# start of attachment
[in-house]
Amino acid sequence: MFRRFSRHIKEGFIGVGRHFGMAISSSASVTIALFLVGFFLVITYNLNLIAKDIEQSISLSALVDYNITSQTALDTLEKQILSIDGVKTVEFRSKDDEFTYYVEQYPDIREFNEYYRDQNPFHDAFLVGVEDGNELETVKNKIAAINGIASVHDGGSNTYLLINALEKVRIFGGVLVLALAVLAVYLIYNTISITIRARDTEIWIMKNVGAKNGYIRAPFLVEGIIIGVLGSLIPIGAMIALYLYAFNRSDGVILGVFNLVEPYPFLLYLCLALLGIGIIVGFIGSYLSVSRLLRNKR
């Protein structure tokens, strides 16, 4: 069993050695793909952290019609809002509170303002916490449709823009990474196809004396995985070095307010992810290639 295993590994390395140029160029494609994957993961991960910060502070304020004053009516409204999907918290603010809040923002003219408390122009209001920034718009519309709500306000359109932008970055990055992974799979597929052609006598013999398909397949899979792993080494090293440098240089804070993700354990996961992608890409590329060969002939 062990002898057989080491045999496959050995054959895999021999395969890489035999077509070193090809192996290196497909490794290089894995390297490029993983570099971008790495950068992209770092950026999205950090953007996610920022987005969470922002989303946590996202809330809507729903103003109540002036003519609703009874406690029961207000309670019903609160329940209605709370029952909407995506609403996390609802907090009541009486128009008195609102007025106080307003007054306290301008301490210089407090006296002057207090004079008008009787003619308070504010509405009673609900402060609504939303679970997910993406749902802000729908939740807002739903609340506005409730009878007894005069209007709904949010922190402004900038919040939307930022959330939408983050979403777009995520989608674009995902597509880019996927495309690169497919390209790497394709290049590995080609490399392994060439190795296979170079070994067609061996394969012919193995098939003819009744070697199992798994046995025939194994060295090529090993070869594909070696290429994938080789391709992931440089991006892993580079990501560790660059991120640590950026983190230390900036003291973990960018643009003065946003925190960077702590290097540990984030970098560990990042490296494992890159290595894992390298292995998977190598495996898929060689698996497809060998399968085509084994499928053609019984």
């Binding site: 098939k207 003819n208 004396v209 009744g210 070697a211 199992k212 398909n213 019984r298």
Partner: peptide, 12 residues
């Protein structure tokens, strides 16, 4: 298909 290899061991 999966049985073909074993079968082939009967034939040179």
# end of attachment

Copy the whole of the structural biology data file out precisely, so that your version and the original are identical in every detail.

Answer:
[in-house]
Amino acid sequence: MFRRFSRHIKEGFIGVGRHFGMAISSSASVTIALFLVGFFLVITYNLNLIAKDIEQSISLSALVDYNITSQTALDTLEKQILSIDGVKTVEFRSKDDEFTYYVEQYPDIREFNEYYRDQNPFHDAFLVGVEDGNELETVKNKIAAINGIASVHDGGSNTYLLINALEKVRIFGGVLVLALAVLAVYLIYNTISITIRARDTEIWIMKNVGAKNGYIRAPFLVEGIIIGVLGSLIPIGAMIALYLYAFNRSDGVILGVFNLVEPYPFLLYLCLALLGIGIIVGFIGSYLSVSRLLRNKR
């Protein structure tokens, strides 16, 4: 069993050695793909952290019609809002509170303002916490449709823009990474196809004396995985070095307010992810290639 295993590994390395140029160029494609994957993961991960910060502070304020004053009516409204999907918290603010809040923002003219408390122009209001920034718009519309709500306000359109932008970055990055992974799979597929052609006598013999398909397949899979792993080494090293440098240089804070993700354990996961992608890409590329060969002939 062990002898057989080491045999496959050995054959895999021999395969890489035999077509070193090809192996290196497909490794290089894995390297490029993983570099971008790495950068992209770092950026999205950090953007996610920022987005969470922002989303946590996202809330809507729903103003109540002036003519609703009874406690029961207000309670019903609160329940209605709370029952909407995506609403996390609802907090009541009486128009008195609102007025106080307003007054306290301008301490210089407090006296002057207090004079008008009787003619308070504010509405009673609900402060609504939303679970997910993406749902802000729908939740807002739903609340506005409730009878007894005069209007709904949010922190402004900038919040939307930022959330939408983050979403777009995520989608674009995902597509880019996927495309690169497919390209790497394709290049590995080609490399392994060439190795296979170079070994067609061996394969012919193995098939003819009744070697199992798994046995025939194994060295090529090993070869594909070696290429994938080789391709992931440089991006892993580079990501560790660059991120640590950026983190230390900036003291973990960018643009003065946003925190960077702590290097540990984030970098560990990042490296494992890159290595894992390298292995998977190598495996898929060689698996497809060998399968085509084994499928053609019984």
């Binding site: 098939k207 003819n208 004396v209 009744g210 070697a211 199992k212 398909n213 019984r298």
Partner: peptide, 12 residues
């Protein structure tokens, strides 16, 4: 298909 290899061991 999966049985073909074993079968082939009967034939040179």